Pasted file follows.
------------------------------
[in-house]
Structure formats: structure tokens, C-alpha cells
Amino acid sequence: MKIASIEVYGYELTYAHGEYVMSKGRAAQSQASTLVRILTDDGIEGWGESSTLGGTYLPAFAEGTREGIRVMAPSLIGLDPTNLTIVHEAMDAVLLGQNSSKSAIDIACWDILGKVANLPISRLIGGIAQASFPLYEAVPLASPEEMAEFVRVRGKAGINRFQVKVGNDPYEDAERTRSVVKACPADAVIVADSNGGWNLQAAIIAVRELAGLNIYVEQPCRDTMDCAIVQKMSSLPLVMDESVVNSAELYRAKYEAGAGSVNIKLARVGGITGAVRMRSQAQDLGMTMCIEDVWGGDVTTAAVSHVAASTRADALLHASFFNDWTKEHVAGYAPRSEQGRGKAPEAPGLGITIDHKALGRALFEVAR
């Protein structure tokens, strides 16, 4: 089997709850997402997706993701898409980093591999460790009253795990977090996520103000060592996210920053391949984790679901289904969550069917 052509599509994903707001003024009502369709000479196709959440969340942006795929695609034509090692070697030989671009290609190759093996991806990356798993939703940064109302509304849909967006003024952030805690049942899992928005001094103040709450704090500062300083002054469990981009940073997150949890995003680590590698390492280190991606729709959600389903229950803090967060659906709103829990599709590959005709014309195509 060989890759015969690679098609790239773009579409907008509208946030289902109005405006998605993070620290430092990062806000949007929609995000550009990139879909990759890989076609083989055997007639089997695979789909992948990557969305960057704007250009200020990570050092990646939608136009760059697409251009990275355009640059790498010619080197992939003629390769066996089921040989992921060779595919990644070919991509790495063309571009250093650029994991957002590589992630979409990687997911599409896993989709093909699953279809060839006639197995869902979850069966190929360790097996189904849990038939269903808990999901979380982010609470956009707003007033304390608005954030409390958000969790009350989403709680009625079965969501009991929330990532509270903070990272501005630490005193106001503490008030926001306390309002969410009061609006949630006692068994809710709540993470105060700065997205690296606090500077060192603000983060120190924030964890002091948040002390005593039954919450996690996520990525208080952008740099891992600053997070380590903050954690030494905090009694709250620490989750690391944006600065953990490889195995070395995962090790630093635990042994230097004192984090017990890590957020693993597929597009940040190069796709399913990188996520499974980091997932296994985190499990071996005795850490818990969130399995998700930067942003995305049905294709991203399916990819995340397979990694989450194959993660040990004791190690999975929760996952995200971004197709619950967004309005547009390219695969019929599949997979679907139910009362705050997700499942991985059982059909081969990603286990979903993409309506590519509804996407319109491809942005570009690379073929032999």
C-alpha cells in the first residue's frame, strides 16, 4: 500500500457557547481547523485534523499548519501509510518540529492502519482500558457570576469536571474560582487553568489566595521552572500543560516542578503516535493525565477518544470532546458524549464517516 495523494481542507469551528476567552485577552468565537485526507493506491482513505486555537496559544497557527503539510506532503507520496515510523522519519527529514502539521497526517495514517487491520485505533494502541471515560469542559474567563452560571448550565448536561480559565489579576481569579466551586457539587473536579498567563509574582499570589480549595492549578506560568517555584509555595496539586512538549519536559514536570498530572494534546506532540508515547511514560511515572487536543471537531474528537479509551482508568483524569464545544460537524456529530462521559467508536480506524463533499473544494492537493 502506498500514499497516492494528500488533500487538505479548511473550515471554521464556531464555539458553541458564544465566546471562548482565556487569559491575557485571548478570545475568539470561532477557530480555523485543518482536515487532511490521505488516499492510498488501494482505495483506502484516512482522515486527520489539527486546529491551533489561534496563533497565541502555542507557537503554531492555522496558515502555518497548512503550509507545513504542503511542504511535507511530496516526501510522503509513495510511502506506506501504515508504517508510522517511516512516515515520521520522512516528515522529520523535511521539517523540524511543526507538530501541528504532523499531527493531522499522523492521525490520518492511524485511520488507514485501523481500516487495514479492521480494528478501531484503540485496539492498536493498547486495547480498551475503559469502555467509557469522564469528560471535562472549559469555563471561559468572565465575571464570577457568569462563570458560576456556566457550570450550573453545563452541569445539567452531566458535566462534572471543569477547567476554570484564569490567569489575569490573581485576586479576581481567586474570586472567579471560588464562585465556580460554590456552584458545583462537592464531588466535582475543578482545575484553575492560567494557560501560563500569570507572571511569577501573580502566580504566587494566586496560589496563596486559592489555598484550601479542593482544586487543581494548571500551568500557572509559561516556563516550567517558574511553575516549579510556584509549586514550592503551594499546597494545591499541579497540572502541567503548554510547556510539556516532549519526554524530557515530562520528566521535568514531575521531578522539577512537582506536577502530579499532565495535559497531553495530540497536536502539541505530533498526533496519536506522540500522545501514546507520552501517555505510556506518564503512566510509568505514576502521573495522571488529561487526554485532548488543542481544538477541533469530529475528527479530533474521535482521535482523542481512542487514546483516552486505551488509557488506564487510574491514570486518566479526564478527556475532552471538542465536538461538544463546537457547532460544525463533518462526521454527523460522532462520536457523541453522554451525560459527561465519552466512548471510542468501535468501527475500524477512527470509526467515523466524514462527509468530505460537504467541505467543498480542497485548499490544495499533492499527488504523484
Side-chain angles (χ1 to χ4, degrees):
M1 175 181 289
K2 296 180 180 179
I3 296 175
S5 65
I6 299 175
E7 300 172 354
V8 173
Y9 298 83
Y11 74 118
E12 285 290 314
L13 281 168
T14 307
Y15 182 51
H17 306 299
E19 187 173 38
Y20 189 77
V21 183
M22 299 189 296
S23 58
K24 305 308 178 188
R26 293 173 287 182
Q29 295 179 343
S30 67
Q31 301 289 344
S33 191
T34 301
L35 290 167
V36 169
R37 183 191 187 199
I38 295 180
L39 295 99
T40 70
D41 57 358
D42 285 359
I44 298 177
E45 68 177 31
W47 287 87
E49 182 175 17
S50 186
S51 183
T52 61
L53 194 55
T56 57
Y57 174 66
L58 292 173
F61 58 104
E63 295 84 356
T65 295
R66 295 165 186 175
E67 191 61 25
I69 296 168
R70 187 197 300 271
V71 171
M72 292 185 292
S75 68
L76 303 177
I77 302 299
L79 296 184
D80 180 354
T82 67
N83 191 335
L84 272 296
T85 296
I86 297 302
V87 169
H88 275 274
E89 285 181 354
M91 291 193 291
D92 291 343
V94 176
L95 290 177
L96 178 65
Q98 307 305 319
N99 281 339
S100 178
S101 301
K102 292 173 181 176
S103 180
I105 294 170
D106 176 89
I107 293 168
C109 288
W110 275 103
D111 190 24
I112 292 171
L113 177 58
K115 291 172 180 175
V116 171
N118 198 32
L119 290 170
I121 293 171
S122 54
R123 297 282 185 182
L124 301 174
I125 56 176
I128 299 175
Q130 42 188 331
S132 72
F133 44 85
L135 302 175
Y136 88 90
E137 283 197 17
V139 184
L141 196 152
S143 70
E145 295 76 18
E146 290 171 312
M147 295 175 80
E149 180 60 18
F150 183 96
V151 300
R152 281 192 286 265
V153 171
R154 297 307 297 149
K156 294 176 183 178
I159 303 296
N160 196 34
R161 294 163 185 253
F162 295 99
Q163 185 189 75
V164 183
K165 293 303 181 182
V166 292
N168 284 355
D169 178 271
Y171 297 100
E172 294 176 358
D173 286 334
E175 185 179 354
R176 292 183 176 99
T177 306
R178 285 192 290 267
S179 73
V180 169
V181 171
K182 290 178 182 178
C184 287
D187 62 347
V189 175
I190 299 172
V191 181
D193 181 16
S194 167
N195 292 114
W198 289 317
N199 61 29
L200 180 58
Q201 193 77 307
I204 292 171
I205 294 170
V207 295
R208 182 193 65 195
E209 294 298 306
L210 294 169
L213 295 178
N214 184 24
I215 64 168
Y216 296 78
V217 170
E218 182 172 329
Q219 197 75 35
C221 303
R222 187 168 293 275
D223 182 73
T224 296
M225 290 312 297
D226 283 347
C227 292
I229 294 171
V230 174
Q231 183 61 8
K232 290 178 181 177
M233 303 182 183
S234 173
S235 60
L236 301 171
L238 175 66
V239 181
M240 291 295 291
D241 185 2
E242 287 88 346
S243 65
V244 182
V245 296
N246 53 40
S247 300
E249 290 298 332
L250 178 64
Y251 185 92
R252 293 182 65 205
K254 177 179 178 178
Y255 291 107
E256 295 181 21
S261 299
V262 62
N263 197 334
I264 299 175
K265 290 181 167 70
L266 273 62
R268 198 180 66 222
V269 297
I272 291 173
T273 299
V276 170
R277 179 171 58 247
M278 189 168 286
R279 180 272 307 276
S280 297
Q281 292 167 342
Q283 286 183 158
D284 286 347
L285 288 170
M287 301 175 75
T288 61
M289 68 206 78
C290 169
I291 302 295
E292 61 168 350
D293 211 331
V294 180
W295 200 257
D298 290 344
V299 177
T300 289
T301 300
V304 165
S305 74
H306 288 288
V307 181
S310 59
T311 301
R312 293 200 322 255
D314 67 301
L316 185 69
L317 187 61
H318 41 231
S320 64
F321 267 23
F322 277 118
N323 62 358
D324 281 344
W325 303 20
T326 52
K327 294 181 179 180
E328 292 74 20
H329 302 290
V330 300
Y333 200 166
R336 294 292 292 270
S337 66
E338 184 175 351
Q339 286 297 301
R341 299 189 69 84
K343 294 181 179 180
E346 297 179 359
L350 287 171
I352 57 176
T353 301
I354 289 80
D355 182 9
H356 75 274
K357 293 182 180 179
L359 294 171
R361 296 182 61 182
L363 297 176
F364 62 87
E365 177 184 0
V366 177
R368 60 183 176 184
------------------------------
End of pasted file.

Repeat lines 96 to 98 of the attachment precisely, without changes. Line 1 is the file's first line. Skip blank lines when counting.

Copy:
L119 290 170
I121 293 171
S122 54